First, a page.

Faso bill to undo NY’s Scaffold Law heads to House vote

Rep. John Faso’s push from Washington to undo New York’s 133-year-old Scaffold Law cleared its first hurdle on Tuesday, when a House committee approved his bill to deny federal funding to construction projects that use New York’s “absolute liability” standard for workplace injuries caused by falls.

The House Judiciary Committee voted 16-14 along party lines on Faso’s bill, following an unusual debate that mixed arguments about federalism and tort law with unrelated, partisan clashes over the Trump-Russia probe and its spinoffs. Faso’s “Infrastructure Expansion Act,” cosponsored by four other New York Republicans, heads next to the House floor for a final vote. There is no Senate sponsor yet for the bill.

The Scaffold Law, enacted to protect workers erecting skyscrapers in New York City in the 1880s, required employers to ensure their workers’ safety, and courts have determined that to mean that employers and property owners are fully responsible for gravity-related falls at work sites that lacked adequate safety measures. Contractors and business groups have long railed against the law, arguing it inflates construction costs in New York by raising liability insurance costs, while unions have defended it as a reasonable and vital protection for workers in dangerous jobs.

That longstanding Albany debate migrated to Washington on Tuesday. Jerry Nadler, a New York City Democrat who started his political career as as assemblyman, and whose tenure in the Assembly overlapped with Faso’s, recalled debating the Scaffold Law 30 years ago, and defended it by pointing out that employers are held liable only if they fail to provide a safe work environment. He called Faso’s bill a congressional “end run” around New York’s lawmakers.

“The key point is this is a decision for New York to make, and not for Congress,” Nadler said.

Faso, whose district includes Ulster and Sullivan counties, and the four New York co-sponsors don’t serve on the Judiciary Committee and couldn’t take part in the debate. That left Republicans from distant states, such as Steve King of Iowa, Louie Gohmert of Texas, and Bob Goodlatte of Virginia, to argue against New York’s Scaffold Law. Their arguments and the Democrats’ counter-arguments reversed their parties’ usual postures on federalism, with Republicans defending Washington’s involvement in the liability standards of a single state.

One Republican, Ted Poe of Texas, wasn’t buying it. “This is not our issue,” Poe said, after bemoaning the erosion of the 10th Amendment’s principle of states’ rights. “It’s a state issue. I don’t think Congress ought to be involved in this at all.”

But other Republicans argued that the application of Faso’s bill to construction work that receives federal funding – directly or indirectly – made the issue a legitimate concern for Congress.  “We’re chasing federal dollars that my constituents could otherwise be on the hook for,” said Andy Biggs of Arizona.

That ticked off Hakeem Jeffries, another New York City Democrat who also got his start in the Assembly. He heatedly pointed out that New York is a major “donor state” that sends about $40 billion more in taxes to Washington each year than it gets back in services. The congressmen defending Faso’s bill could not make that same claim about their own states, he said.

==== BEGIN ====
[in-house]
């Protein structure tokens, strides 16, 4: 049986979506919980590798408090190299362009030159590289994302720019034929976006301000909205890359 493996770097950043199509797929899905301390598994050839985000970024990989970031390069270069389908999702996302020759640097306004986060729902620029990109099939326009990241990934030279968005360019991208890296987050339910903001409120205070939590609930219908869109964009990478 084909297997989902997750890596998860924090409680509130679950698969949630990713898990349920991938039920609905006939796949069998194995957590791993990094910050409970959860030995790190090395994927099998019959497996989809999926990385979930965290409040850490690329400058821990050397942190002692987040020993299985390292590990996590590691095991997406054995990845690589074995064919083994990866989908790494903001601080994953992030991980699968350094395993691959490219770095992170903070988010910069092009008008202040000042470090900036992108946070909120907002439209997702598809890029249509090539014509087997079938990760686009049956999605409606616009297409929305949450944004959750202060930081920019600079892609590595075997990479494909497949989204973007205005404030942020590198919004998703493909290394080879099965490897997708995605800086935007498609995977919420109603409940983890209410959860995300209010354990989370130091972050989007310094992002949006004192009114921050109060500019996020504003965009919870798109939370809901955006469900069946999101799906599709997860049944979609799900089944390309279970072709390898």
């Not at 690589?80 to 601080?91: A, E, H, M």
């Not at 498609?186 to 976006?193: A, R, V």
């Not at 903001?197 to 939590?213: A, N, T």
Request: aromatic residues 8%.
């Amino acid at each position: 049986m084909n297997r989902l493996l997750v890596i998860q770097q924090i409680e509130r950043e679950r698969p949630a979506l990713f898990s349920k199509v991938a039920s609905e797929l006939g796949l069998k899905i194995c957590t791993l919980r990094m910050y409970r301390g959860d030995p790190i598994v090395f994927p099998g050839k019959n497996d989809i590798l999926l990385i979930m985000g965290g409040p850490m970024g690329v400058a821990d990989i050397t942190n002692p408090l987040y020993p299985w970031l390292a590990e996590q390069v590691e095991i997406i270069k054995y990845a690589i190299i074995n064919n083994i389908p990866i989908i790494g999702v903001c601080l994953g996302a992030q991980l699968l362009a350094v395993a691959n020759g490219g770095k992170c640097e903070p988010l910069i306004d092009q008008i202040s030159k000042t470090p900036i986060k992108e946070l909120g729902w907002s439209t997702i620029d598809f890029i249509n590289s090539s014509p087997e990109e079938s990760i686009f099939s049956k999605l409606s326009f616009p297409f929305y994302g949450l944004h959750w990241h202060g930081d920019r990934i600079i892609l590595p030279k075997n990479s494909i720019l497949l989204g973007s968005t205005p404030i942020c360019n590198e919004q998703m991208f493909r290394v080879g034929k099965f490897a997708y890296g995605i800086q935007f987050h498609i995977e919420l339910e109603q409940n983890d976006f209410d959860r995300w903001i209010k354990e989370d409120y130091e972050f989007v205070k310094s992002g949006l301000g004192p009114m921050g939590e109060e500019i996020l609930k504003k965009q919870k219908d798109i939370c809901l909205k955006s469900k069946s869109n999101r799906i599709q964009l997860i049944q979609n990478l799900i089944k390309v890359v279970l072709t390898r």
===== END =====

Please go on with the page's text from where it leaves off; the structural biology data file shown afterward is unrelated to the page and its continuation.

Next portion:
“Don’t lecture us about taxpayers you represent being on the hook,” he said. “That’s a joke.”

The debate got more complicated when Goodlatte, the committee chairman, broadened the bill to require states to apply either a “comparative negligence” or “contributory negligence” standard for falls on federally subsidized projects. Jamie Raskin of Maryland protested that with that change, the bill could now upend tort laws in every state. Goodlatte countered that state courts would be free to preserve whichever of those two standards is already in place.

In a press release last week about the upcoming committee vote, Faso provided letters of support for his bill from organizations that included Habitat for Humanity of New York State and Associated General Contractors of New York.

“New York’s Scaffold Law is a regulation for the sake of regulation,” Faso said in that release. “It provides no measurable safety improvements and costs our state dearly. By passing this legislation, every dollar of federal funding going towards repairing roads, bridges, airports, and building affordable housing will go further. With infrastructure investment upcoming, there is no time like now to fix this burdensome regulation.”

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Bonacic leads region’s state lawmakers in 2017 expenses

Sen. John Bonacic had the highest expense total in 2017 for the 11 state lawmakers representing Orange, Ulster and Sullivan counties, seeking reimbursement for more than $18,000 in travel, lodging and meals, according to year-end data the state Comptroller’s Office posted online.

The Mount Hope Republican billed almost $12,000 for overnight stays in Albany and about $4,200 for gas reimbursement for his car, the two biggest expenses for many lawmakers shuttling back and forth to the capital. Second place went to Assemblyman Karl Brabenec, a Deerpark Republican whose expenses totaled $15,767. He had about $12,300 in overnight expenses – lodging and meals – and almost $2,800 in gas charges.

Close behind was Assemblyman Kevin Cahill, a Kingston Democrat who had lower overnight and gas costs than Bonacic and Brabenec but did spend almost $3,300 on air fare for conferences he attended. Sen. James Seward, a Milford Republican, also had air travel on his vouchers – about $2,000 worth. Cahill and Seward are each the chairmen of the insurance committees in their respective chambers.

Lawmakers are paid fixed amounts for meals and lodging in Albany for the days they work there, regardless of how much they actually spend. The amounts last year were $59 per day for meals and $116 for each night in a hotel.

The same three lawmakers who charged no expenses in 2016 also put in for no reimbursements this year: Sen. George Amedore, R-Rotterdam; Assemblyman Peter Lopez, R-Schoharie (who has since left office after being appointed regional administrator for the U.S. Environmental Protection Agency); and Assemblyman Frank Skartados, D-Milton.

Here are the expense totals for the eight legislators who sought reimbursement: